When a workout is written out, the reps will often be written something like: 6-8 10-12 12-15 etc. what is the purpose of giving this range ?
Well, if you’re doing three sets, you’ll likely get weaker as you go along and therefore get less reps. Some people avoid this by using a faster tempo to reach the same number of reps each set, but I think that’s a mistake most of the time. Probably better to lower the weight and hit the same number of reps each time. That’s debateable, though.
I understood Tek’s response, but maybe you needed something a little more simple. The rep ranges are what you are shooting for. Example, you are trying to get anywhere from 6-8 reps. If you get 9 on the first set, 7 on the second set and 5 on the third set, you are still within the approximate range. You can, like Tek suggested, lower the weight to stay within your rep range. If strength is your concern, then keep the weight the same. If getting bigger is your concern, then do as Tek suggest. Pick a lighter weight to stay in your desired rep range. Also, as he suggests, TUT (time under tension) should stay the same if you are concerned with size. If you do 4-0-1, which is 4 seconds to lower and no pause at bottom and one second to lift. This is five seconds total. If you lift six reps that equals 30 seconds (6repsx5seconds). If you don’t change the weight and you only do 4 reps, that equals 24 seconds, which is getting more into the strength vs. size area. If you speed up your TUT, to a 2-0-1 to make your reps, let’s say 6. Then you only subjected your muscles to an 18 second time under tension (6 reps x 3 seconds).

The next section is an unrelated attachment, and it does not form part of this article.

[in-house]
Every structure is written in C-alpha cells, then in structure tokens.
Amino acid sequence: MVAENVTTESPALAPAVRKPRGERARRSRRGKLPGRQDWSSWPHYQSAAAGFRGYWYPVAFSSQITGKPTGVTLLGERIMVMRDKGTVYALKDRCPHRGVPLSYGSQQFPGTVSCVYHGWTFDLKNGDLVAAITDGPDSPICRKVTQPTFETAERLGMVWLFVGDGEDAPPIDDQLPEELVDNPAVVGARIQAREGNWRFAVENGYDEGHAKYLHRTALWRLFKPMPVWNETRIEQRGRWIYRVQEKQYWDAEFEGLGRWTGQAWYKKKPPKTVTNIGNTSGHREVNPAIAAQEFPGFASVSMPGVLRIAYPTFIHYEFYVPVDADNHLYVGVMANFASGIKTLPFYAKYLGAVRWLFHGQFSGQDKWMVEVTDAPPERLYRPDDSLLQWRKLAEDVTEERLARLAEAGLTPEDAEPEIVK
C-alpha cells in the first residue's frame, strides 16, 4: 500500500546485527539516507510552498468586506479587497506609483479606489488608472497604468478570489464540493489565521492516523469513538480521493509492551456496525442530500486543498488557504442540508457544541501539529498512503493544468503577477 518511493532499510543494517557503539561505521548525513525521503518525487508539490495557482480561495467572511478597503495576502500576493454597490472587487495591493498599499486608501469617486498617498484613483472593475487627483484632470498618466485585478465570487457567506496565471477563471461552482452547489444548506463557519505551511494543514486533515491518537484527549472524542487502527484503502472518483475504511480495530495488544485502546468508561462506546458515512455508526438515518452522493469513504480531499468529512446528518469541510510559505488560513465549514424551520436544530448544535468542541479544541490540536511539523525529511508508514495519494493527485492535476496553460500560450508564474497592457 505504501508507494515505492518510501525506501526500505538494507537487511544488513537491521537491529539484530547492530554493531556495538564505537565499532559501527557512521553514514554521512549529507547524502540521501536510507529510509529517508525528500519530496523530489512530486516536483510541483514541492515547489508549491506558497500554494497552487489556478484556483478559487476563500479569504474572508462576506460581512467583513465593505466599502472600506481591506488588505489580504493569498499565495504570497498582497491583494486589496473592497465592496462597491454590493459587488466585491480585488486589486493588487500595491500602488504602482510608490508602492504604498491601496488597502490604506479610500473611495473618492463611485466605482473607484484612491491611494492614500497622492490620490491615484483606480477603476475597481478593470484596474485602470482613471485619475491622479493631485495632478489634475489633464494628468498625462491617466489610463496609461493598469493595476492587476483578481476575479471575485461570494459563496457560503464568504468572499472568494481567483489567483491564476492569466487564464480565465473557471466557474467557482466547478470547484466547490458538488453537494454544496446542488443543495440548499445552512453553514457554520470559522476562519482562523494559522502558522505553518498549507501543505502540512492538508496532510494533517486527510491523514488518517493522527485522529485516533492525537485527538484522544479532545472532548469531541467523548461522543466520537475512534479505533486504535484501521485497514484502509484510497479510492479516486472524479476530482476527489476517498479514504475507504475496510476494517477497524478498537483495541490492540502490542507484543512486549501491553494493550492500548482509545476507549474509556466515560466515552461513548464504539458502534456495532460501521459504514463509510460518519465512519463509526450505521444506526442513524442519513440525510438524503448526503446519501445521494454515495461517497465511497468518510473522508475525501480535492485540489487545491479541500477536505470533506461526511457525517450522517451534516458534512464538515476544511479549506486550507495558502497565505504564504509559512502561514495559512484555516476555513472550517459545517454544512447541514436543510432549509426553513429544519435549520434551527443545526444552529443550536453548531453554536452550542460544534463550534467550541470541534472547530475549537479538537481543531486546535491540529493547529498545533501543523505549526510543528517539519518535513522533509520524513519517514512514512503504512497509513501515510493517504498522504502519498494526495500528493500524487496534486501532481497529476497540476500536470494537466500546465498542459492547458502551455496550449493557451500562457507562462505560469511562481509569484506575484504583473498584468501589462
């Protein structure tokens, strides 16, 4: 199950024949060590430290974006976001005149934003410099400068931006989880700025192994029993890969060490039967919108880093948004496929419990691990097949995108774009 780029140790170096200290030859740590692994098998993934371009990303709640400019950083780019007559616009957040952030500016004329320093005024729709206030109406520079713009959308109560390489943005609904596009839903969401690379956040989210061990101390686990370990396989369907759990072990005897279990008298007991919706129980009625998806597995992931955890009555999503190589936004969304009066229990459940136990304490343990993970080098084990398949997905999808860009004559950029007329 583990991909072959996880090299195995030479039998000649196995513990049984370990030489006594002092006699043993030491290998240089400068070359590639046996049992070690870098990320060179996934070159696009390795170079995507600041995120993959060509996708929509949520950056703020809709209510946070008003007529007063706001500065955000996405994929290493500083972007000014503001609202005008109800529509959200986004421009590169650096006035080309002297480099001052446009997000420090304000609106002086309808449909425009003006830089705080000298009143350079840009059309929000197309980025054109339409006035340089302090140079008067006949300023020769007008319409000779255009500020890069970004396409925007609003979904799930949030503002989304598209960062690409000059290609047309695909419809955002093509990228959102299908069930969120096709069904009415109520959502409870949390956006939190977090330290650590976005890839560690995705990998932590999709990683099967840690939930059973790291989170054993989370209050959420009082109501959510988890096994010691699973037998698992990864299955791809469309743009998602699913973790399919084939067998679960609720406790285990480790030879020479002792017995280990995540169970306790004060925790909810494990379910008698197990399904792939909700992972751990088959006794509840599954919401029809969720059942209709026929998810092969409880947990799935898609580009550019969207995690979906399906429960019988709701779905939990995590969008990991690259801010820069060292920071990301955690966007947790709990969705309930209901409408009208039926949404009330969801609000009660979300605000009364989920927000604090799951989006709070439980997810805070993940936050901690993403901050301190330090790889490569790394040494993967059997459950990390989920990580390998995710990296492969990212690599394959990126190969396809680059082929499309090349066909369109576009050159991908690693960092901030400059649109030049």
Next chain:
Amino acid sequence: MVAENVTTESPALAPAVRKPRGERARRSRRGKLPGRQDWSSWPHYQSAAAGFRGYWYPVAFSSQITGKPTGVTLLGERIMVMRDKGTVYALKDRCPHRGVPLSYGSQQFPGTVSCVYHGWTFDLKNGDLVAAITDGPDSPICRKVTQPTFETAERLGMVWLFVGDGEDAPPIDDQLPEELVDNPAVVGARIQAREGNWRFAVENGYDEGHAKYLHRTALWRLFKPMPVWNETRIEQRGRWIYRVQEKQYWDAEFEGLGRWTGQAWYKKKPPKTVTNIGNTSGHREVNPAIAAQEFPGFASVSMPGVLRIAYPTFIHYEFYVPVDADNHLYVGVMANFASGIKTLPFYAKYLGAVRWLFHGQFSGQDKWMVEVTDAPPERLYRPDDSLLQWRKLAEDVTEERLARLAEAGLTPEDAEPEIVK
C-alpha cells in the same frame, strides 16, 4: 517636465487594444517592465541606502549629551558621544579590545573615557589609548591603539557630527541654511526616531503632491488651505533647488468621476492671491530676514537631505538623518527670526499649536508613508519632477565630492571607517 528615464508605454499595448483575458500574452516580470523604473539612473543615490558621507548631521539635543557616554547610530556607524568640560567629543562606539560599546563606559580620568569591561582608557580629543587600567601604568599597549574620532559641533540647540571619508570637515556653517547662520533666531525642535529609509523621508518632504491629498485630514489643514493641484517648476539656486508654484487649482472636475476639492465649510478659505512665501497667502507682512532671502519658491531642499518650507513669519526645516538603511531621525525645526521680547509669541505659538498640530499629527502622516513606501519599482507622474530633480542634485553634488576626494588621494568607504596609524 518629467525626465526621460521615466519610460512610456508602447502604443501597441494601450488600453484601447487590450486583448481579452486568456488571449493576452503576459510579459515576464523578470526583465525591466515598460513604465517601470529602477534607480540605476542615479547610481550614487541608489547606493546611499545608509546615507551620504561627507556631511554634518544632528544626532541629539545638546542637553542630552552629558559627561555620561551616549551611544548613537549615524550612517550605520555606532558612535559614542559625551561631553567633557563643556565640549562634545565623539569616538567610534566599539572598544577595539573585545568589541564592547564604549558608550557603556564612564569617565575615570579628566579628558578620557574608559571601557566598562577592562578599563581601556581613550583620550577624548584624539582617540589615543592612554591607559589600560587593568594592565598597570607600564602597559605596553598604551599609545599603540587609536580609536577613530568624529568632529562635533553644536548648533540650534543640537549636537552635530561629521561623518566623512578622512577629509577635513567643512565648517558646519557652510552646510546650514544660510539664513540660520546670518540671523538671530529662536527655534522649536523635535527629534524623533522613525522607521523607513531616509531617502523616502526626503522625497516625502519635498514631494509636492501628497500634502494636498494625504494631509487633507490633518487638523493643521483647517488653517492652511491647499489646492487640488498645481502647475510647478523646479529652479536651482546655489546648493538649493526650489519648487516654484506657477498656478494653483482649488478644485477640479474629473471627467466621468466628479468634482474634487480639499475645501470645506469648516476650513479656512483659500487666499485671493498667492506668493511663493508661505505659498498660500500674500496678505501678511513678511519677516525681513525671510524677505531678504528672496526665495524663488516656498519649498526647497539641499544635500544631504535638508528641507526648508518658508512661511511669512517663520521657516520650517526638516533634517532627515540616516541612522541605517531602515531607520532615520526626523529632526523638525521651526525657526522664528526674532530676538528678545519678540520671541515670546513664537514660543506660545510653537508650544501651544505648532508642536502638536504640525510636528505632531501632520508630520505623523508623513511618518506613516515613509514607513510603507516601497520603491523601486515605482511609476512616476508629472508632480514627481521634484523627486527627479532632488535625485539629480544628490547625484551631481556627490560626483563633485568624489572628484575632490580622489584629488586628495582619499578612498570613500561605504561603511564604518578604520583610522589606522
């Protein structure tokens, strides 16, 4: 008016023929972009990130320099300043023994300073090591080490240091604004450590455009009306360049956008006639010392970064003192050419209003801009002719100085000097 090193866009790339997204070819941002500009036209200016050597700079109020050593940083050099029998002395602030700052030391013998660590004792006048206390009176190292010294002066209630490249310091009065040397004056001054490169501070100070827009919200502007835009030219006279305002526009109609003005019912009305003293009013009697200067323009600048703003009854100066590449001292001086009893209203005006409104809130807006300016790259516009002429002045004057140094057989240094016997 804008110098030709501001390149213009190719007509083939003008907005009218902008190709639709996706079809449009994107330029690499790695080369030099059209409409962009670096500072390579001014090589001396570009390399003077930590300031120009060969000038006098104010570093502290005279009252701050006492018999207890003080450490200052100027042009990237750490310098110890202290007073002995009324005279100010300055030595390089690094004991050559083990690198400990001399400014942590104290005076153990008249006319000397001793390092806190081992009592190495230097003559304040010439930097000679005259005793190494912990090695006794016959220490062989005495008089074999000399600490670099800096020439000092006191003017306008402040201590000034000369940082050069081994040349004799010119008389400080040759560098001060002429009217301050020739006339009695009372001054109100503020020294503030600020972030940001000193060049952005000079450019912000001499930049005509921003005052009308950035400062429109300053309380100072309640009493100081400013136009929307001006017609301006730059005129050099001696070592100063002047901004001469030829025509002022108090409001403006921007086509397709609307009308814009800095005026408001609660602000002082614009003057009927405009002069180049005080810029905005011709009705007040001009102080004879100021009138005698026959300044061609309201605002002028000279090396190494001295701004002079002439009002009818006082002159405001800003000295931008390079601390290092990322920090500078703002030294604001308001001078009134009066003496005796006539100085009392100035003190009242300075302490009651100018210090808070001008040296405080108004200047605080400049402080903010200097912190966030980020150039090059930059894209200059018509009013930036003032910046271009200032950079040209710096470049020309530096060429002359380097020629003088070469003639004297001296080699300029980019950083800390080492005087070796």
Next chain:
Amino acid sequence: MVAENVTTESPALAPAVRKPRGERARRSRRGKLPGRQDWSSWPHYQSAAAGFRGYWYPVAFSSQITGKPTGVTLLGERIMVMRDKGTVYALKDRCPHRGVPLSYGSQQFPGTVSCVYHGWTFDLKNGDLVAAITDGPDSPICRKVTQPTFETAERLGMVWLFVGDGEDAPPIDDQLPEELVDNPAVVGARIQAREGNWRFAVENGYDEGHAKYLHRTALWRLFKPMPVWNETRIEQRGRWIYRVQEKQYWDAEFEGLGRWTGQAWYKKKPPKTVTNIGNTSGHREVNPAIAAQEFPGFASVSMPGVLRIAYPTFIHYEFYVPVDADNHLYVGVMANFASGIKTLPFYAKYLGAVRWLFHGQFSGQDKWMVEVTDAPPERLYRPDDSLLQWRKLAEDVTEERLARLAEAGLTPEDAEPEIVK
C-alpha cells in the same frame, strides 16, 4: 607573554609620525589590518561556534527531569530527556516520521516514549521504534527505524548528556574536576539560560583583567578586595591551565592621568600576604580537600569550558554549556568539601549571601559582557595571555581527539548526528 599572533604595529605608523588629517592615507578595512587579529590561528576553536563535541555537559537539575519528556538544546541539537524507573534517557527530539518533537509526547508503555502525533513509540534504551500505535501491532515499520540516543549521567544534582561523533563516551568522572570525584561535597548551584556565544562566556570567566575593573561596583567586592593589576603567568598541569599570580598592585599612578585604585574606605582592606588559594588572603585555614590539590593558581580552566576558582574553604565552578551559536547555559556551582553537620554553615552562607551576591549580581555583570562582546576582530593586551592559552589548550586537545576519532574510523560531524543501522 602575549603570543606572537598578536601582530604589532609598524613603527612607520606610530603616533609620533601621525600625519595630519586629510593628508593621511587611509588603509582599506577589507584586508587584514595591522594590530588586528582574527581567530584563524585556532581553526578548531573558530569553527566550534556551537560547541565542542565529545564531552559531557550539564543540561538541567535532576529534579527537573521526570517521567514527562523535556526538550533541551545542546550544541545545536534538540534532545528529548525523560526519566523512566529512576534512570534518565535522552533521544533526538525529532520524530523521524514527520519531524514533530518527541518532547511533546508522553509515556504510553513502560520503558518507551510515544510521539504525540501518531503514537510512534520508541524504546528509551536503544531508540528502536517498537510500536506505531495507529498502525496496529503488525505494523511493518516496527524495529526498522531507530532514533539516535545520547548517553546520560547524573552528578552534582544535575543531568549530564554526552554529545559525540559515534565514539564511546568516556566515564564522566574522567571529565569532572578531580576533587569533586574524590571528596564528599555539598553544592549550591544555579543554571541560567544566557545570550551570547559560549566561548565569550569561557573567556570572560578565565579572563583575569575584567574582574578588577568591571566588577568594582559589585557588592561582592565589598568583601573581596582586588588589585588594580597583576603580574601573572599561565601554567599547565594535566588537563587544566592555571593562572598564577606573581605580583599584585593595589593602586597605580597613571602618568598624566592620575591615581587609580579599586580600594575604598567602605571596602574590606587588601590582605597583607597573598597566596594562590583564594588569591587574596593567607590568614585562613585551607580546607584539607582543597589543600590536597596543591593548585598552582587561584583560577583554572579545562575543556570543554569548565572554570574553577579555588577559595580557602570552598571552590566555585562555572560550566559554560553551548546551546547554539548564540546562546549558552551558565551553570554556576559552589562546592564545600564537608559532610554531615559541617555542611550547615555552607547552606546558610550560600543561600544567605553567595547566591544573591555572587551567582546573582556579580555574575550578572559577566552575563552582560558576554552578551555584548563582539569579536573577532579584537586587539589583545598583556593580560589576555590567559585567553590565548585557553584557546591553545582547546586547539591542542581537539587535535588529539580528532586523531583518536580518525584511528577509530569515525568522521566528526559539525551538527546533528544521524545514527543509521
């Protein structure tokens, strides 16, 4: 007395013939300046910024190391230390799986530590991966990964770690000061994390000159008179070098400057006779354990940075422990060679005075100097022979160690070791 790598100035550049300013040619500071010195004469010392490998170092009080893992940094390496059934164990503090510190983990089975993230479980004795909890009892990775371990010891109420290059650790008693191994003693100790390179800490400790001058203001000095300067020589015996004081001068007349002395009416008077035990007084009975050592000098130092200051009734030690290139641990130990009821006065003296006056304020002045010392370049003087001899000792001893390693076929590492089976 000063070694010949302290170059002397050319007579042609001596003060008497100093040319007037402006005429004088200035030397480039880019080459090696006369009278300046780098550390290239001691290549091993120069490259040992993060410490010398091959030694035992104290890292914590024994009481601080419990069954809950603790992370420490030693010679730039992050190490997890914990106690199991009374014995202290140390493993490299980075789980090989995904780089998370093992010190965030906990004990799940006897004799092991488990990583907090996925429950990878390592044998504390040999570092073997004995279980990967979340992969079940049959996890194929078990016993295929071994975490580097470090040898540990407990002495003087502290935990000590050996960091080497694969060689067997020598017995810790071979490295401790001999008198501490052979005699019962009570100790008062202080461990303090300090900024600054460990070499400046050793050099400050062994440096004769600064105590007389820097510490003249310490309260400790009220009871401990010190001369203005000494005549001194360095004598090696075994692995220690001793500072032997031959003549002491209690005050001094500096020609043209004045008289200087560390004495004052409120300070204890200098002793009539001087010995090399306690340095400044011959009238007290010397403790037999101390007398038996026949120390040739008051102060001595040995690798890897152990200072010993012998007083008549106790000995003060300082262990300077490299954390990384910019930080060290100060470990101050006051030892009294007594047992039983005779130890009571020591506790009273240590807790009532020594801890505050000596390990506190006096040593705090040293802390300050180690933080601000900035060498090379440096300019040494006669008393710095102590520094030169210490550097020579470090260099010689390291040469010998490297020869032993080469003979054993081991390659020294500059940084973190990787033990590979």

Which is definetly not enough time under tension for size. More for strength.
Ok, I got a little more technical, can’t help myself. Hopefully you’ll get this.
Also, a key part of it is, when prescribing
a training program for someone, unless you
know the individual and are familiar with his
performance on that exercise, the number of
reps is guesswork anyway – there is a “plus
and minus,” or a range, for example 6 to 8.
It is not as if we want you to do 7 reps and
exactly seven, if you can do 8 you have ruined
everything or if you can get 6 then it’s another total screwup… not at all. If you
use a weight that allows you 6 reps, or 8
reps, you’re in the ballpark we’re planning
for the objectives we have.
Even this is often pretty far off. It’s better
to talk in terms of 1RM – percent of weight
you can lift for 1 rep in good form. You’ll
see some drastic differences: one guy, on
seated calf raise, will get 20 reps with 60%
1RM, and another will get 8… both are
achieving the same training objective, and
the guy who only gets 8, should not drop the
weight further to try to get 20.
When you see rep ranges they are averages.
They will not always be right for you.
So they are not given as exact numbers.